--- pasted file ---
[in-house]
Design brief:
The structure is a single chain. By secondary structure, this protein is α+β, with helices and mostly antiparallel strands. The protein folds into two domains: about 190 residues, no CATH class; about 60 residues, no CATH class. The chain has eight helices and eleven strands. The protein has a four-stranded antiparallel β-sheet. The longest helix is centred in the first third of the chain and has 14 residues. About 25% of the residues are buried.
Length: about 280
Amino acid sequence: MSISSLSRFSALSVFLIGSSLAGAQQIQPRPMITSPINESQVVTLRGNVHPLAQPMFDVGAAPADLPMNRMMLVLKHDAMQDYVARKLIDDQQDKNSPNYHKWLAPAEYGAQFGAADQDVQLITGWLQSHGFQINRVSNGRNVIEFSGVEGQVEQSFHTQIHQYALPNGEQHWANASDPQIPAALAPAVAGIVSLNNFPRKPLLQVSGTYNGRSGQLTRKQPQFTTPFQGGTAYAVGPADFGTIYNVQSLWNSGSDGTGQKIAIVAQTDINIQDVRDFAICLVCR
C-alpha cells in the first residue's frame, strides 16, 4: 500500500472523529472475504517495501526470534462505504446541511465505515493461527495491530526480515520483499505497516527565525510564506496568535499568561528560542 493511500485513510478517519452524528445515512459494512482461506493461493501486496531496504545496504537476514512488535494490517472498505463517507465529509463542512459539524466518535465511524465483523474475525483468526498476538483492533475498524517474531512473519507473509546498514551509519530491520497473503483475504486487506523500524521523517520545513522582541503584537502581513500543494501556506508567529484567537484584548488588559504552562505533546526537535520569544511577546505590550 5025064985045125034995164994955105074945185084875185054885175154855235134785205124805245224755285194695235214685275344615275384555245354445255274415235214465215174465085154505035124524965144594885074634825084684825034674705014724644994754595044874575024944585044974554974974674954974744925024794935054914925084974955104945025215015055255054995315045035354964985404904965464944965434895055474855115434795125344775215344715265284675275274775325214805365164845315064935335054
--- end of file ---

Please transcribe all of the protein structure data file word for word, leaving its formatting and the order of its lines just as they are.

[in-house]
Design brief:
The structure is a single chain. By secondary structure, this protein is α+β, with helices and mostly antiparallel strands. The protein folds into two domains: about 190 residues, no CATH class; about 60 residues, no CATH class. The chain has eight helices and eleven strands. The protein has a four-stranded antiparallel β-sheet. The longest helix is centred in the first third of the chain and has 14 residues. About 25% of the residues are buried.
Length: about 280
Amino acid sequence: MSISSLSRFSALSVFLIGSSLAGAQQIQPRPMITSPINESQVVTLRGNVHPLAQPMFDVGAAPADLPMNRMMLVLKHDAMQDYVARKLIDDQQDKNSPNYHKWLAPAEYGAQFGAADQDVQLITGWLQSHGFQINRVSNGRNVIEFSGVEGQVEQSFHTQIHQYALPNGEQHWANASDPQIPAALAPAVAGIVSLNNFPRKPLLQVSGTYNGRSGQLTRKQPQFTTPFQGGTAYAVGPADFGTIYNVQSLWNSGSDGTGQKIAIVAQTDINIQDVRDFAICLVCR
C-alpha cells in the first residue's frame, strides 16, 4: 500500500472523529472475504517495501526470534462505504446541511465505515493461527495491530526480515520483499505497516527565525510564506496568535499568561528560542 493511500485513510478517519452524528445515512459494512482461506493461493501486496531496504545496504537476514512488535494490517472498505463517507465529509463542512459539524466518535465511524465483523474475525483468526498476538483492533475498524517474531512473519507473509546498514551509519530491520497473503483475504486487506523500524521523517520545513522582541503584537502581513500543494501556506508567529484567537484584548488588559504552562505533546526537535520569544511577546505590550 5025064985045125034995164994955105074945185084875185054885175154855235134785205124805245224755285194695235214685275344615275384555245354445255274415235214465215174465085154505035124524965144594885074634825084684825034674705014724644994754595044874575024944585044974554974974674954974744925024794935054914925084974955104945025215015055255054995315045035354964985404904965464944965434895055474855115434795125344775215344715265284675275274775325214805365164845315064935335054